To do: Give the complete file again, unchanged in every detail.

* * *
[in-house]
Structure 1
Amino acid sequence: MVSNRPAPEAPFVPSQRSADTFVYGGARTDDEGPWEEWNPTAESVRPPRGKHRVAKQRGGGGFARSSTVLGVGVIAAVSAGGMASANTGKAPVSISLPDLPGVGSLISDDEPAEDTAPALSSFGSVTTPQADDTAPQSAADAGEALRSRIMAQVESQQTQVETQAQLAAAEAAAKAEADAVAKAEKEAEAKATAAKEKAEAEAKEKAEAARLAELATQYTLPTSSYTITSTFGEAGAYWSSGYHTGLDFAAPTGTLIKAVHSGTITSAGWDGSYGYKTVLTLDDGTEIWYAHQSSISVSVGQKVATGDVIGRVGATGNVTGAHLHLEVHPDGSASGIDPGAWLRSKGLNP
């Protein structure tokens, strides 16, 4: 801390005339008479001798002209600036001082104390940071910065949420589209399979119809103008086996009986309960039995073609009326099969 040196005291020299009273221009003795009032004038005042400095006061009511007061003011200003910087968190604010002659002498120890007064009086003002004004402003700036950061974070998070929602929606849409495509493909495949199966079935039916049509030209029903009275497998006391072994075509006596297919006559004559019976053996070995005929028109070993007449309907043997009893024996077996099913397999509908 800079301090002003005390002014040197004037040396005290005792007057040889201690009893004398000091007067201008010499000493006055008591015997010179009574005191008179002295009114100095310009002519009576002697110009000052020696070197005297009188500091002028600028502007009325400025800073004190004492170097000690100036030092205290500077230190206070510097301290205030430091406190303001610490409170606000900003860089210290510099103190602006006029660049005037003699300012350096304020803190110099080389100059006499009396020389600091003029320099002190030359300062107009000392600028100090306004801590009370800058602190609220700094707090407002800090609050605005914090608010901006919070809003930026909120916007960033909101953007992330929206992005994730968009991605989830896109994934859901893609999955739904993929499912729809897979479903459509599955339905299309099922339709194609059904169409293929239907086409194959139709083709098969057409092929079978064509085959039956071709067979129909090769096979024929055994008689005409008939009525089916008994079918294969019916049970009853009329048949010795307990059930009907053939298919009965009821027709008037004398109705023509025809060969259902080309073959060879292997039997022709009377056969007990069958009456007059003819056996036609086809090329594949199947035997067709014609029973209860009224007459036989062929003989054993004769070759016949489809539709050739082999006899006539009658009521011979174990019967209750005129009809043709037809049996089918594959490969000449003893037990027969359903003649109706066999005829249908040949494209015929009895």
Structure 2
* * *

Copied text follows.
[in-house]
Structure 1
Amino acid sequence: MVSNRPAPEAPFVPSQRSADTFVYGGARTDDEGPWEEWNPTAESVRPPRGKHRVAKQRGGGGFARSSTVLGVGVIAAVSAGGMASANTGKAPVSISLPDLPGVGSLISDDEPAEDTAPALSSFGSVTTPQADDTAPQSAADAGEALRSRIMAQVESQQTQVETQAQLAAAEAAAKAEADAVAKAEKEAEAKATAAKEKAEAEAKEKAEAARLAELATQYTLPTSSYTITSTFGEAGAYWSSGYHTGLDFAAPTGTLIKAVHSGTITSAGWDGSYGYKTVLTLDDGTEIWYAHQSSISVSVGQKVATGDVIGRVGATGNVTGAHLHLEVHPDGSASGIDPGAWLRSKGLNP
């Protein structure tokens, strides 16, 4: 801390005339008479001798002209600036001082104390940071910065949420589209399979119809103008086996009986309960039995073609009326099969 040196005291020299009273221009003795009032004038005042400095006061009511007061003011200003910087968190604010002659002498120890007064009086003002004004402003700036950061974070998070929602929606849409495509493909495949199966079935039916049509030209029903009275497998006391072994075509006596297919006559004559019976053996070995005929028109070993007449309907043997009893024996077996099913397999509908 800079301090002003005390002014040197004037040396005290005792007057040889201690009893004398000091007067201008010499000493006055008591015997010179009574005191008179002295009114100095310009002519009576002697110009000052020696070197005297009188500091002028600028502007009325400025800073004190004492170097000690100036030092205290500077230190206070510097301290205030430091406190303001610490409170606000900003860089210290510099103190602006006029660049005037003699300012350096304020803190110099080389100059006499009396020389600091003029320099002190030359300062107009000392600028100090306004801590009370800058602190609220700094707090407002800090609050605005914090608010901006919070809003930026909120916007960033909101953007992330929206992005994730968009991605989830896109994934859901893609999955739904993929499912729809897979479903459509599955339905299309099922339709194609059904169409293929239907086409194959139709083709098969057409092929079978064509085959039956071709067979129909090769096979024929055994008689005409008939009525089916008994079918294969019916049970009853009329048949010795307990059930009907053939298919009965009821027709008037004398109705023509025809060969259902080309073959060879292997039997022709009377056969007990069958009456007059003819056996036609086809090329594949199947035997067709014609029973209860009224007459036989062929003989054993004769070759016949489809539709050739082999006899006539009658009521011979174990019967209750005129009809043709037809049996089918594959490969000449003893037990027969359903003649109706066999005829249908040949494209015929009895």
Structure 2